UK Human Rights Head: 'Law Stops at the Door of the Temple'
The chairman of the United Kingdom's Equality and Human Rights Commission has stirred up some debate after stating that religious exemptions to antidiscrimination laws should be limited to houses of worship.
Trevor Phillips, speaking during a debate organized by the Religion and Society Research Program, also compared Christian groups seeking exemptions from equality laws to Muslims who want to implement Shari‘ah law in parts of Britain.
"The law stops at the door of the temple as far as I'm concerned," he said. "Institutions have to make a decision whether they want to [provide public services under public rules] … but you can't say 'because we decide we're different then we need a different set of laws'."
Phillips referred to several cases where religious groups have protested requirements that they not discriminate on sexual grounds, including Catholic adoption agencies and the owners of a Christian bed and breakfast who were ordered to pay damages after turning away gay couples.
"To me there's nothing different in principle with a Catholic adoption agency, or indeed Methodist adoption agency, saying the rules in our community are different and therefore the law shouldn't apply to us," Phillips said. "Why not then say Shari'ah can be applied to different parts of the country? It doesn't work."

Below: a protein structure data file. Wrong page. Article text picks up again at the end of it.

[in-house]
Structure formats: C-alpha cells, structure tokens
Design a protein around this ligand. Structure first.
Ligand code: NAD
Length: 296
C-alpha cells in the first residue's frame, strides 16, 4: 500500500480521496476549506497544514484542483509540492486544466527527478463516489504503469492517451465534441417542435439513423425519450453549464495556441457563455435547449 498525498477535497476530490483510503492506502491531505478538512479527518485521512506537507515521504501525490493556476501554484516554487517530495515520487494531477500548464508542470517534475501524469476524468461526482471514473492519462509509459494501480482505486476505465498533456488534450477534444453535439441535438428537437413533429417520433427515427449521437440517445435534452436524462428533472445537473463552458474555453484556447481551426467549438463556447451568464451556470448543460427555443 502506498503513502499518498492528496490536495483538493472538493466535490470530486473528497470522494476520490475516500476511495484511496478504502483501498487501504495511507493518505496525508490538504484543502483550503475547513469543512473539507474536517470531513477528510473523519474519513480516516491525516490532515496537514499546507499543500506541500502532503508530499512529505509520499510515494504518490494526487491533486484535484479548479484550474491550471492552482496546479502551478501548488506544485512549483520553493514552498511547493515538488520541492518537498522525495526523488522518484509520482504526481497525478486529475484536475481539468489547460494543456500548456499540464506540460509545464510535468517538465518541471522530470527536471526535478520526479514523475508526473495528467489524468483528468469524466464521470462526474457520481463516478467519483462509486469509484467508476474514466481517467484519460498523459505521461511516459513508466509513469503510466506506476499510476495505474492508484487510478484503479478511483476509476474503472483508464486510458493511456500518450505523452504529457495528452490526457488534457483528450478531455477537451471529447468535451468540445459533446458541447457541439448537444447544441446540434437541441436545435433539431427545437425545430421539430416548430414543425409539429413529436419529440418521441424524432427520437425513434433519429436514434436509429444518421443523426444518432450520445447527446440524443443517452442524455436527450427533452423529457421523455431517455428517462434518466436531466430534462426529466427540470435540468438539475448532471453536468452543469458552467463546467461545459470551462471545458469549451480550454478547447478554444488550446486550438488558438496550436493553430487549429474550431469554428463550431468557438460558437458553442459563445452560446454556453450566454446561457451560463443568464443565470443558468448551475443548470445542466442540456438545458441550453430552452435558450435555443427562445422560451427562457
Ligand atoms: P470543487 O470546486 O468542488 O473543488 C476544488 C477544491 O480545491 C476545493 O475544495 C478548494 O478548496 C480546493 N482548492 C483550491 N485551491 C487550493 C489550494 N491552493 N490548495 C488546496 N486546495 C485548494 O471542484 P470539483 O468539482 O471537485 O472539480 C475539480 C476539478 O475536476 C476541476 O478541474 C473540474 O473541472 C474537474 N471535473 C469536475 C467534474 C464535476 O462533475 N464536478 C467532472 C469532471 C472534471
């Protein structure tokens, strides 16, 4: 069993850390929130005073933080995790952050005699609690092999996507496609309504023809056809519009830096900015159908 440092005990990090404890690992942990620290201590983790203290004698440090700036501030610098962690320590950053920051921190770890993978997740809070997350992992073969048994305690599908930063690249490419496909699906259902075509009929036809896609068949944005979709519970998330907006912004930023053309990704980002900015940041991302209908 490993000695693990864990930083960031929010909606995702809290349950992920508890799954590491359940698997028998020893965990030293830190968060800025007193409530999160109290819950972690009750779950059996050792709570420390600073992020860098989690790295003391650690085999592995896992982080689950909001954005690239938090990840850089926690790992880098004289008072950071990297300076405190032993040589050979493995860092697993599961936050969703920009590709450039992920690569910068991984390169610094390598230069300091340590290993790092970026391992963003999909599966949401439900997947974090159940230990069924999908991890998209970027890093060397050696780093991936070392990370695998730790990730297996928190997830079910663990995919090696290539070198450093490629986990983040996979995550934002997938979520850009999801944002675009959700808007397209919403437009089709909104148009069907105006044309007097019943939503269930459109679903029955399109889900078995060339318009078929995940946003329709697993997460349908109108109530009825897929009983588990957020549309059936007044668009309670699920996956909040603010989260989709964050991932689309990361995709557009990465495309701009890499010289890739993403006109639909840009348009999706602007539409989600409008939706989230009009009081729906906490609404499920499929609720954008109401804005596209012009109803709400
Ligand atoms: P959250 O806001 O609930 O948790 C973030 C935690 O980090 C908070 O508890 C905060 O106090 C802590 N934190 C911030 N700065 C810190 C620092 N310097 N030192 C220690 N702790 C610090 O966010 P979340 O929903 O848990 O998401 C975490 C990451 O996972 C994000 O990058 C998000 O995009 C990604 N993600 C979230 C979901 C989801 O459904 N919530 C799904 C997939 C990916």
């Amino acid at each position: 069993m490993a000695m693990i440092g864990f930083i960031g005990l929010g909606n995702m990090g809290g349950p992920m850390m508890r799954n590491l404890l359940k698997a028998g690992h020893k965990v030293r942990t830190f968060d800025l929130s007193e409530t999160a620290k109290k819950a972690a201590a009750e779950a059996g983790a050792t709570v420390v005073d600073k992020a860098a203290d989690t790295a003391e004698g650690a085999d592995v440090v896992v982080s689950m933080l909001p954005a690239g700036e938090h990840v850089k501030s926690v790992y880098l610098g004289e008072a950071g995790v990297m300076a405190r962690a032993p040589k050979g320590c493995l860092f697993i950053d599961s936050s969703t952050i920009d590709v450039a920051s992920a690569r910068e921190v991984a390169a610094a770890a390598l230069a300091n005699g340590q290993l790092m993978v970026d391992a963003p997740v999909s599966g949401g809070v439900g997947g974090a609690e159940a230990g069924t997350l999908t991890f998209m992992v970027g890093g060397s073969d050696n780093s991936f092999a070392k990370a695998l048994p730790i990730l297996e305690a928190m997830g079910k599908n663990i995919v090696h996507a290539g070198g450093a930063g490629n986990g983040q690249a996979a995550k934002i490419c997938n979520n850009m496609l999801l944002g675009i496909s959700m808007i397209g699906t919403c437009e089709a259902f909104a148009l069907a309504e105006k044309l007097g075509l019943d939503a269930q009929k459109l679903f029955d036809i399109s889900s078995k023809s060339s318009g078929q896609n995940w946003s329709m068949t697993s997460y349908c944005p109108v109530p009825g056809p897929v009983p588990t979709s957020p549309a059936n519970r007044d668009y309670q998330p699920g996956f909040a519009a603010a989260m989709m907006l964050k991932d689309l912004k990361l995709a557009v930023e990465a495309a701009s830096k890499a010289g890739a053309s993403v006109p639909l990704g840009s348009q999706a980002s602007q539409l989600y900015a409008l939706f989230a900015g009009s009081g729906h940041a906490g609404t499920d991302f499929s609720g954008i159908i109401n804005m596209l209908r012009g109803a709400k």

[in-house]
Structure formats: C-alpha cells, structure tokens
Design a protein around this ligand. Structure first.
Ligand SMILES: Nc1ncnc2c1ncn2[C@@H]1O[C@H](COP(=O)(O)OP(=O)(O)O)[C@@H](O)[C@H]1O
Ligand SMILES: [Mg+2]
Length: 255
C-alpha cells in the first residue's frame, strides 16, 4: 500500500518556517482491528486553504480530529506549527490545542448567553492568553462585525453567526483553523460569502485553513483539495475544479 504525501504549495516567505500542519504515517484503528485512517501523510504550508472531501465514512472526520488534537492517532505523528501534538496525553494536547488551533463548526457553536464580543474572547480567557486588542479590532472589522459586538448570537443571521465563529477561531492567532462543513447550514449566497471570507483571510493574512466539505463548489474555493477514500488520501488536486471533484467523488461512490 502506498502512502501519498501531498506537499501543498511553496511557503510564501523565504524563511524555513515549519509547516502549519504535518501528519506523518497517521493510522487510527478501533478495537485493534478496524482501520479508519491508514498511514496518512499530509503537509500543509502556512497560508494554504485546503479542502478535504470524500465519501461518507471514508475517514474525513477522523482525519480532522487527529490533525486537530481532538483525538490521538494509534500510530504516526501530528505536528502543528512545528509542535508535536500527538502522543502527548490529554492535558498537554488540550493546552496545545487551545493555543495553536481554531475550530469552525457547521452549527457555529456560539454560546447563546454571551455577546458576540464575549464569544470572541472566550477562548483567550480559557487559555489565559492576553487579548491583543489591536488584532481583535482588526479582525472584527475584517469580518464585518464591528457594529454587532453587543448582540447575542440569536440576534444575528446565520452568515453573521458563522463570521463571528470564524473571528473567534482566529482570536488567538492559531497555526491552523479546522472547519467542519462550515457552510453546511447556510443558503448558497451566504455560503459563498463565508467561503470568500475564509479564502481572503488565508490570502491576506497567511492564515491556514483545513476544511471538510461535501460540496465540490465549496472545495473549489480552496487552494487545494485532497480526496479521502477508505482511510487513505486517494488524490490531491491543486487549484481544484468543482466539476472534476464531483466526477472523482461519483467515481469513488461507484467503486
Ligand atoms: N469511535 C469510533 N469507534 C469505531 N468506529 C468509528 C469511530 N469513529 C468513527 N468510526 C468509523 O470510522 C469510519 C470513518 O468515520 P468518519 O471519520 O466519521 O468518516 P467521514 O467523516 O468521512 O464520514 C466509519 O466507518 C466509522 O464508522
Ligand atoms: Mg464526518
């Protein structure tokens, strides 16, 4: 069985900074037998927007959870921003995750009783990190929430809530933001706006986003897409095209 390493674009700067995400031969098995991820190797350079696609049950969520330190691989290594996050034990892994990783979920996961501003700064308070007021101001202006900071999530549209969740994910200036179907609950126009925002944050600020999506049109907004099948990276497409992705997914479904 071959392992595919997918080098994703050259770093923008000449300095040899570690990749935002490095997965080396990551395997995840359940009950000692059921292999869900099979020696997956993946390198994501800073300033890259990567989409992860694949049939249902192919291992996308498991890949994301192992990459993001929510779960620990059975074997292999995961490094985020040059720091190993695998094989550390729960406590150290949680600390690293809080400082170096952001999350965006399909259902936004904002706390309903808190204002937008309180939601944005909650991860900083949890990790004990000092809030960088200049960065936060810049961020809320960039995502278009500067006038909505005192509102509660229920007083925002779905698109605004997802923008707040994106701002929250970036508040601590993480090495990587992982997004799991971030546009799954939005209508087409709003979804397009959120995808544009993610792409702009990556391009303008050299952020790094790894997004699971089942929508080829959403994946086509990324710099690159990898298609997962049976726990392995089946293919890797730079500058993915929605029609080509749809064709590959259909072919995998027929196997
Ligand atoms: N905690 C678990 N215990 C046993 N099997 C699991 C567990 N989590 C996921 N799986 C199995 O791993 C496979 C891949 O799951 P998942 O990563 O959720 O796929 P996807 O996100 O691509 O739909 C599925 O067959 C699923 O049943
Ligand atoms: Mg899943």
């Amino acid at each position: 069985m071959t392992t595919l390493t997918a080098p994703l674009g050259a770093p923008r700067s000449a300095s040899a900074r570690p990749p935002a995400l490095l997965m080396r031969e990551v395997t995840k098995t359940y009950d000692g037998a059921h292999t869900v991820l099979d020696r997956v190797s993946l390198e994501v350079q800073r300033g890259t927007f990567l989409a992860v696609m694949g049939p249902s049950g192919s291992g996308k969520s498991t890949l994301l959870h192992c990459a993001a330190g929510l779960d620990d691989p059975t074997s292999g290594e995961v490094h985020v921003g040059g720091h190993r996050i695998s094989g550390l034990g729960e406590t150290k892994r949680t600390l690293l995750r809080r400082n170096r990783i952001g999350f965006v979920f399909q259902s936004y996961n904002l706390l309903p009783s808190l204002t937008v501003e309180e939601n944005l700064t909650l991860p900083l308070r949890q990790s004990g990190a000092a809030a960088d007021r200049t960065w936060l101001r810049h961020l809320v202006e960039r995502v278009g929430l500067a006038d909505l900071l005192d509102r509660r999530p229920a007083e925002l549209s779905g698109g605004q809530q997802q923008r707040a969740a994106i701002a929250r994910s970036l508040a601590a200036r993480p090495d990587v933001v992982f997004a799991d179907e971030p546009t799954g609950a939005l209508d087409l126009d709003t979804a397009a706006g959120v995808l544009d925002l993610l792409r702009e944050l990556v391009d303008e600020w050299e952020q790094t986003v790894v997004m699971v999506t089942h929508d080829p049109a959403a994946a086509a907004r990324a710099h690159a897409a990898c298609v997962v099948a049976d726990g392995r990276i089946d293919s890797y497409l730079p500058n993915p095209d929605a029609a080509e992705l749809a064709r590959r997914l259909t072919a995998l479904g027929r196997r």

The remarks drew almost instant criticism. George Carey, the former Archbishop of Canterbury, called the statement "ridiculous."
"We are a democracy in which Christianity is established in the Church of England and a nation profoundly influenced by this faith in its Catholic and Anglican heritage," he said. "We need lawmakers to respect this heritage and seek accommodation wherever a strongly held faith seems to clash with new legislation."
Andrea Williams, director of the Christian Legal Center, said Phillips' assertion was "inflammatory" and "intolerant," adding that Phillips "fails to understand the nature of faith and what inspires faith and what makes agencies like Catholic adoption agencies so selfless."
However, the National Secular Society's Keith Porteous Wood sided with Phillips. "There is no such thing as partial equality, and every time an exemption is made, someone else's rights are compromised."
Phillips later dismissed the criticism and said his comments were not meant to be controversial. "You would have to really work hard to make what I said 'inflammatory."
In August, CT reported on Phillips' assertion that though Christians face discrimination, politically motivated faith groups often blow it out of proportion.